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Comment: Re:Pascal (Score 1) 643

by Halo1 (#48857041) Attached to: Justified: Visual Basic Over Python For an Intro To Programming

It teaches good habits (but with the demise of Turbo Pascal I am unable to suggest a worthy compiler).

May I suggest the Free Pascal Compiler with Lazarus as IDE. There's even a Lazarus add-on to automatically configure it for pupils/beginners.

Disclaimer: I am and have been one of the FPC developers for the past 17.5 years (also starting originally with Turbo Pascal, and then moving on to FPC once it became clear Borland wouldn't come out with a 32 bit DOS version).

Comment: Re:To curb terrorism (Score 1) 219

by Halo1 (#48840215) Attached to: European Countries Seek Sweeping New Powers To Curb Terrorism

If you are convinced that part of the population has the destruction of a lot of what you hold dear as their secret agenda

How it is a secret agenda? It seems pretty out in the open to me.

Well, I thought that in case of the moderate muslims it could be a secret agenda in your view. In any case, feel free to ignore the "secret" in that sentence.

Comment: Re:To curb terrorism (Score 1) 219

by Halo1 (#48839815) Attached to: European Countries Seek Sweeping New Powers To Curb Terrorism

And yet there large numbers of moderate muslims that do not feel at all obliged or even inclined to impose the sharia on the rest of the Western country they live in.

Are you sure?

About as sure as you can be from watching documentaries, listening to interviews, reading opinion pieces, talking to people etc.

Maybe they don't feel a need to do it by force, but that's not really the whole story, is it? That's far morally superior to those who do, but it's still going to be an unending source of conflict.

If you are convinced that part of the population has the destruction of a lot of what you hold dear as their secret agenda , then I don't see a possibility besides endless conflict either.

Comment: Re:To curb terrorism (Score 1) 219

by Halo1 (#48839705) Attached to: European Countries Seek Sweeping New Powers To Curb Terrorism

This is an inherent contradiction between Islam and western society, and it cannot be reconciled without either giving up on religious freedom, or throwing away the Quran. They're not allowed to edit it.

And yet there large numbers of moderate muslims that do not feel at all obliged or even inclined to impose the sharia on the rest of the Western country they live in. Maybe they're not real muslims in the eyes of fundamentalists, but why should we take the same view as fundamentalists in this regard while we reject them on all other points?

Comment: Re:2nd/3rd generation of immigrants are IMMIGRANTS (Score 2) 219

by Halo1 (#48838937) Attached to: European Countries Seek Sweeping New Powers To Curb Terrorism

America is a civil state.

The Americas were, for the most part, colonised by European immigrants that kicked the shit out of the people that already lived there. I really don't see how that's different than what happening now (or is about to happen) in Europe in the mind of many scared/aggressive people. And for the record: I don't hold current day Americans responsible for that, it's not like they got to choose what their forefathers did or did not do, although of historically/societally you do have some kind of responsibility (just like e.g. Belgium has one vis-a-vis its ex-colonies).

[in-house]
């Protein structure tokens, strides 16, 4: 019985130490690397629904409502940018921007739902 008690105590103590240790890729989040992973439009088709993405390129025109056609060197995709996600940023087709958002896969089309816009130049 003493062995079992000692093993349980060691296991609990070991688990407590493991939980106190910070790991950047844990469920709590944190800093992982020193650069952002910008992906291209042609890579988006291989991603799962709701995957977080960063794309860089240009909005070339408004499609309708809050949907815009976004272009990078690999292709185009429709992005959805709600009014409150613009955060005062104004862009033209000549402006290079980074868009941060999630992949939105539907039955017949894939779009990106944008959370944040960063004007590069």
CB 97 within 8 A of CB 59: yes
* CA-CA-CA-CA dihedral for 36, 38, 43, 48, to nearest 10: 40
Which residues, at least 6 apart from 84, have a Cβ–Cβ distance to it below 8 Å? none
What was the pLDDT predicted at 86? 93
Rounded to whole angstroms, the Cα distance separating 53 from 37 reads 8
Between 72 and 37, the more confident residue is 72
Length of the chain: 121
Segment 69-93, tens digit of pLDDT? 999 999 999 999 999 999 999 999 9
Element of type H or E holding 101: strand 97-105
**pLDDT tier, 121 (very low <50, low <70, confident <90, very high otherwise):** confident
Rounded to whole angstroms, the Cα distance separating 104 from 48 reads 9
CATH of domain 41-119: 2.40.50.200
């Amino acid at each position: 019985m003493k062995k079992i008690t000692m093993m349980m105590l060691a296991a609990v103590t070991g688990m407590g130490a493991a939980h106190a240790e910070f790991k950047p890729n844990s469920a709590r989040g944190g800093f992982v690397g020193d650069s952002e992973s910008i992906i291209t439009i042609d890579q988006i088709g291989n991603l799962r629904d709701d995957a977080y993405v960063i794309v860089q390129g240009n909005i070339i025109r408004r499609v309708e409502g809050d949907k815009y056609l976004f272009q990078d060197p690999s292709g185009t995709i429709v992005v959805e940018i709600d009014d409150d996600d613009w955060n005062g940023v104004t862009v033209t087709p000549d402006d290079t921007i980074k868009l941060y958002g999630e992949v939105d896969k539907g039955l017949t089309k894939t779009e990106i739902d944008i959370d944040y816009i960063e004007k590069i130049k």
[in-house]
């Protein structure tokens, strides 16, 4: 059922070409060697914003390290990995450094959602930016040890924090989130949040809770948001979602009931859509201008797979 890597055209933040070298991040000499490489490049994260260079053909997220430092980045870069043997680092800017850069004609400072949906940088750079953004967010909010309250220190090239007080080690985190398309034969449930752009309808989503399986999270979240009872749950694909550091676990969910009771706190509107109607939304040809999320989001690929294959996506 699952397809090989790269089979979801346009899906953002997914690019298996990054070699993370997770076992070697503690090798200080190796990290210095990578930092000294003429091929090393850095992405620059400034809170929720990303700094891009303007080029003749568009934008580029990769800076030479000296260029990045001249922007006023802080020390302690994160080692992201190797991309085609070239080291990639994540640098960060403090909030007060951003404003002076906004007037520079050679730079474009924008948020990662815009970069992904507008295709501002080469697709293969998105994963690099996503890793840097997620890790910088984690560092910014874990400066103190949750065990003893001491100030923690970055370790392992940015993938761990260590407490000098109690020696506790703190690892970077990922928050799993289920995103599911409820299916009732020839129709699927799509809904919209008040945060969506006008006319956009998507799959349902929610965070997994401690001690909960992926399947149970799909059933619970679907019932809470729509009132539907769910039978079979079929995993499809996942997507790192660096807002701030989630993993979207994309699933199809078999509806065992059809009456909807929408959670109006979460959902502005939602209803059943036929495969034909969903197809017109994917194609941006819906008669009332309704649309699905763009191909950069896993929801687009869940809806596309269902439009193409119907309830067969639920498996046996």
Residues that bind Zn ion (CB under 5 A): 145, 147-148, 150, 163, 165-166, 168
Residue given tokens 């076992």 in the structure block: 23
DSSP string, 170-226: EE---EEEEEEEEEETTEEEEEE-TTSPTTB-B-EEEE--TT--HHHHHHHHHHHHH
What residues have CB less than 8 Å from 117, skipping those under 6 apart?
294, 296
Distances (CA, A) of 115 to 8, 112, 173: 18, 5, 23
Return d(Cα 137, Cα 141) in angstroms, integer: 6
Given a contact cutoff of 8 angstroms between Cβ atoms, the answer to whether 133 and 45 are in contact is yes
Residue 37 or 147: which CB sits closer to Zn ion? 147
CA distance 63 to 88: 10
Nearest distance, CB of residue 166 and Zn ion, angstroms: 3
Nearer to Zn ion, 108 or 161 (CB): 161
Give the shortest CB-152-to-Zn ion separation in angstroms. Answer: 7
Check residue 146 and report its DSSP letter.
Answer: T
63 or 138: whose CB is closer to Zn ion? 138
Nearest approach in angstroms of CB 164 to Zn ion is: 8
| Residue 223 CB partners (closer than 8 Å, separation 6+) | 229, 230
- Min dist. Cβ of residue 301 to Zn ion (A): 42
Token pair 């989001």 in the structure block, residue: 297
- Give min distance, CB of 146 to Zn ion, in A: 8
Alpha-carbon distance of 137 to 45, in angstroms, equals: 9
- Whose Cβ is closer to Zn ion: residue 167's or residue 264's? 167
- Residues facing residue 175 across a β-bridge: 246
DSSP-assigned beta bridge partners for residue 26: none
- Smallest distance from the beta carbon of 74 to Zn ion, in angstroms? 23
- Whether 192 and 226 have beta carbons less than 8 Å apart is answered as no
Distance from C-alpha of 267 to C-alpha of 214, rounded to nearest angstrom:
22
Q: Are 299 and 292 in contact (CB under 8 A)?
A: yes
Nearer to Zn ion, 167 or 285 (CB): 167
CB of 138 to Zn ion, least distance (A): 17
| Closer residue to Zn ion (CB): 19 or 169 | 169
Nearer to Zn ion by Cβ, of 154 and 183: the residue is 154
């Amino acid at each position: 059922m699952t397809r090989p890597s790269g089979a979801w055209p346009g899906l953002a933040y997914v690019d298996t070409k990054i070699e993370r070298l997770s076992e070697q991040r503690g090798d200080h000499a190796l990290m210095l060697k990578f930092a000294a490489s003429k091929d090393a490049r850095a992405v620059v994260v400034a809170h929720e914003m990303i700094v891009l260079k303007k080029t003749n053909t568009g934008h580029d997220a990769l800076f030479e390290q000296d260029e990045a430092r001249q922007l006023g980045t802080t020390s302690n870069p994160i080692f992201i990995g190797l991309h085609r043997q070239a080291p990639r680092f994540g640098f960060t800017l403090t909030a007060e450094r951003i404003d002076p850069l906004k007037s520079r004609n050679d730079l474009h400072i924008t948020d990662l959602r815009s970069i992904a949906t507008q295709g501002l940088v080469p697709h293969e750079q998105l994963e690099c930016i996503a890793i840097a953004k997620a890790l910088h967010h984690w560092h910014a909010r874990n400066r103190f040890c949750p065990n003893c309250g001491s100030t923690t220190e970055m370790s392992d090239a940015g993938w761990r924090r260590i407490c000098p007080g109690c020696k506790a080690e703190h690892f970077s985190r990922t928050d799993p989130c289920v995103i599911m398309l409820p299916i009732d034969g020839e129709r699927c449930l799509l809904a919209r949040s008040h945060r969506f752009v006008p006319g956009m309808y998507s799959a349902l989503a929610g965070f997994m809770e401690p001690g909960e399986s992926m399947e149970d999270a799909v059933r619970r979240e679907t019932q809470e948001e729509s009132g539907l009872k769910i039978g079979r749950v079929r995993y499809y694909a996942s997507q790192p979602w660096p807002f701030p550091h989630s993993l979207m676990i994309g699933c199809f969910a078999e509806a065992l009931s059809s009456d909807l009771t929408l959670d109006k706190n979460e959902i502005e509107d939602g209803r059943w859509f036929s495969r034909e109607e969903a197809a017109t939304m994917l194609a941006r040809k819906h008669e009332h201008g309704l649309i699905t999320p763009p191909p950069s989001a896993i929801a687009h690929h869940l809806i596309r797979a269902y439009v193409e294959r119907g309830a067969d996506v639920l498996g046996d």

The European countries are ethnic states, have been for thousands of years, and their borders are almost literally written in blood.

Ethnic states? Our borders are indeed written in blood (then again, so are many in the Americas), but I doubt there are many "ethnic Belgians" in existence. Or have ever existed, other than one tribe in a distant past that was termed as "the bravest of all Gallic tribes" by Julius Caesar.

While Europe is exceedingly liberal and politically correct in general, it would be 'unwise' indeed, to mistake generosity and kindness for weakness.

The way many people are reacting, it seems they did find a quite weak spot though.

Comment: Re:2nd/3rd generation of immigrants are IMMIGRANTS (Score 4, Insightful) 219

by Halo1 (#48838747) Attached to: European Countries Seek Sweeping New Powers To Curb Terrorism

... are second and third-generation immigrants ...

France belongs to the French

Germany belongs to the Germans

Sweden belongs to the Swedes

Italy belongs to the Italians

In other words, they are the indigenous for their ancestors, for thousands of years, have settled in that place

And immigrants ? No matter if they are 2nd / 3rd / 4th or whatever generation, once they have decided to harm the indigenous they should be kicked out, immediately !

America belongs to...
Australia belongs to...

Ah, never mind.

Comment: Re:Come On (Score 1) 257

by Halo1 (#48827673) Attached to: Belgian Raid Kills 2, Said To Avert "Major Terrorist Attacks"

Boko Haram has stated openly they are an Islamic group and are trying to form an ISIS like African Caliphate . What more do you need to see the truth?

Have a look at http://www.cfr.org/nigeria/bok... . Yes, Boko Haram is a very violent and abhorrent group (or rather a set of groups) right now, but they weren't always like that. Their current actions also have little or nothing to do with Islam (a bit like how "spreading democracy" had little to do with the Iraq war). At the same time, the Nigerian "Joint Task Force" of Nigerian police, army and private security forces (primarily funded by oil companies) is regularly accused of "summary executions, use of excessive force, and widespread arrests of suspected extremists, many based on little or no evidence" (words of the US Department of State, not mine) in the Niger delta (where Boko Haram is active). The paragraph in which that sentence appears also sketches the situation after 2009 (when Boko Haram became violent) quite well.

The JTF has been active since 2003 though, and some people directly argue (albeit in a mess of many missing/broken links that make it hard to check several argued points) that they basically made Boko Haram into what it is today with the objective of being able to justify the use of excessive force against them.

I still have to read up more on it from different sources, but from what I've read until now it seems that really has very little to do with Islam. It's just the banner they use due to their origins, just like we in the West (not just the US) justify almost all of our actions with "helping democracy", "supporting human rights", "increasing free trade" etc, even when that banner doesn't cover the actions at all. In many cases, it's mainly a cultural reference to something that the people involved (on the "aggressor's" side) can identify with as "good" or that they can relate to.

Comment: Re:Support the developers! (Score 1) 91

by Halo1 (#48520671) Attached to: <em>Dragon Age: Inquisition</em> Reviewed and Benchmarked